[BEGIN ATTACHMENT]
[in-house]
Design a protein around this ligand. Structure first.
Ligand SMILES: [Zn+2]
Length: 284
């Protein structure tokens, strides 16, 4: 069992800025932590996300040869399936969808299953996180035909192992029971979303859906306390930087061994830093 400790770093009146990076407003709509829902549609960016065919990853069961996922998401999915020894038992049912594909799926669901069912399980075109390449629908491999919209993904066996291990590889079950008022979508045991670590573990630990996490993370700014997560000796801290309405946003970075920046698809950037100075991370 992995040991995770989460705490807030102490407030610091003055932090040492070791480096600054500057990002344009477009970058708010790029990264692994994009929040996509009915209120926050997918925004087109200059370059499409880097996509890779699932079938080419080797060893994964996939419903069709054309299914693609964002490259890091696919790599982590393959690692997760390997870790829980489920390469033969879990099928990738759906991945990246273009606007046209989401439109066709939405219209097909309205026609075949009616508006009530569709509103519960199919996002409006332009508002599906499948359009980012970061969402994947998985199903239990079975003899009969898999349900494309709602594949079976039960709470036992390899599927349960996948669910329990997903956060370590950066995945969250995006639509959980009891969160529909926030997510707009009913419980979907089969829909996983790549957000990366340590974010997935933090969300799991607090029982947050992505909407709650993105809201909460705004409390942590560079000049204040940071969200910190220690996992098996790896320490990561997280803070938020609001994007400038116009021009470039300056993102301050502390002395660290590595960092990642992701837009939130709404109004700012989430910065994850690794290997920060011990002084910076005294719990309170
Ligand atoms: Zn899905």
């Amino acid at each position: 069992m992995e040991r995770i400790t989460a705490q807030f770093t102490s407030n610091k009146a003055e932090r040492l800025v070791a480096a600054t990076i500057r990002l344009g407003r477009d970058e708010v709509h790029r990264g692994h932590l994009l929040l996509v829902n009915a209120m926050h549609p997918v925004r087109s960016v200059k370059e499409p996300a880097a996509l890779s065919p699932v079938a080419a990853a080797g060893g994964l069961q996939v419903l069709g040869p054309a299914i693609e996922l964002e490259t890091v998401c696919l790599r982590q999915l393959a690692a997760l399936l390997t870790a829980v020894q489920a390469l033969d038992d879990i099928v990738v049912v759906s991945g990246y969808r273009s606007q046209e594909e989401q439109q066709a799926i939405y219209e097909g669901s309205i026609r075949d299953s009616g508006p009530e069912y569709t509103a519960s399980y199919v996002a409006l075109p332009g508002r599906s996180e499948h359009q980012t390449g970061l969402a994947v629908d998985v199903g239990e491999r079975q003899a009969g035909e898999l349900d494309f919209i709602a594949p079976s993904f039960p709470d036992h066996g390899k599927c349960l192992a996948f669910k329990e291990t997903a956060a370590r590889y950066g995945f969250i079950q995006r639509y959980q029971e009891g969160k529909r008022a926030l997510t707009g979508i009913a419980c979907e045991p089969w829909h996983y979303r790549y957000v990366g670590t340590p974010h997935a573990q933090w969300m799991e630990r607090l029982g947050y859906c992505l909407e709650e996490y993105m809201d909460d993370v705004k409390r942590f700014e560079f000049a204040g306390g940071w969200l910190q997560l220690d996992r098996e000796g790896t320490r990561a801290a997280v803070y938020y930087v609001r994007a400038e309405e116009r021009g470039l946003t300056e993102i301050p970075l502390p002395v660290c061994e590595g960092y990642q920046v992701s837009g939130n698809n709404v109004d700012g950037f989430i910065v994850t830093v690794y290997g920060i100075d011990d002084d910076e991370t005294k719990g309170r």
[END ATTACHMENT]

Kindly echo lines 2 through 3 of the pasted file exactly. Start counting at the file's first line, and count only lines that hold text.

Design a protein around this ligand. Structure first.
Ligand SMILES: [Zn+2]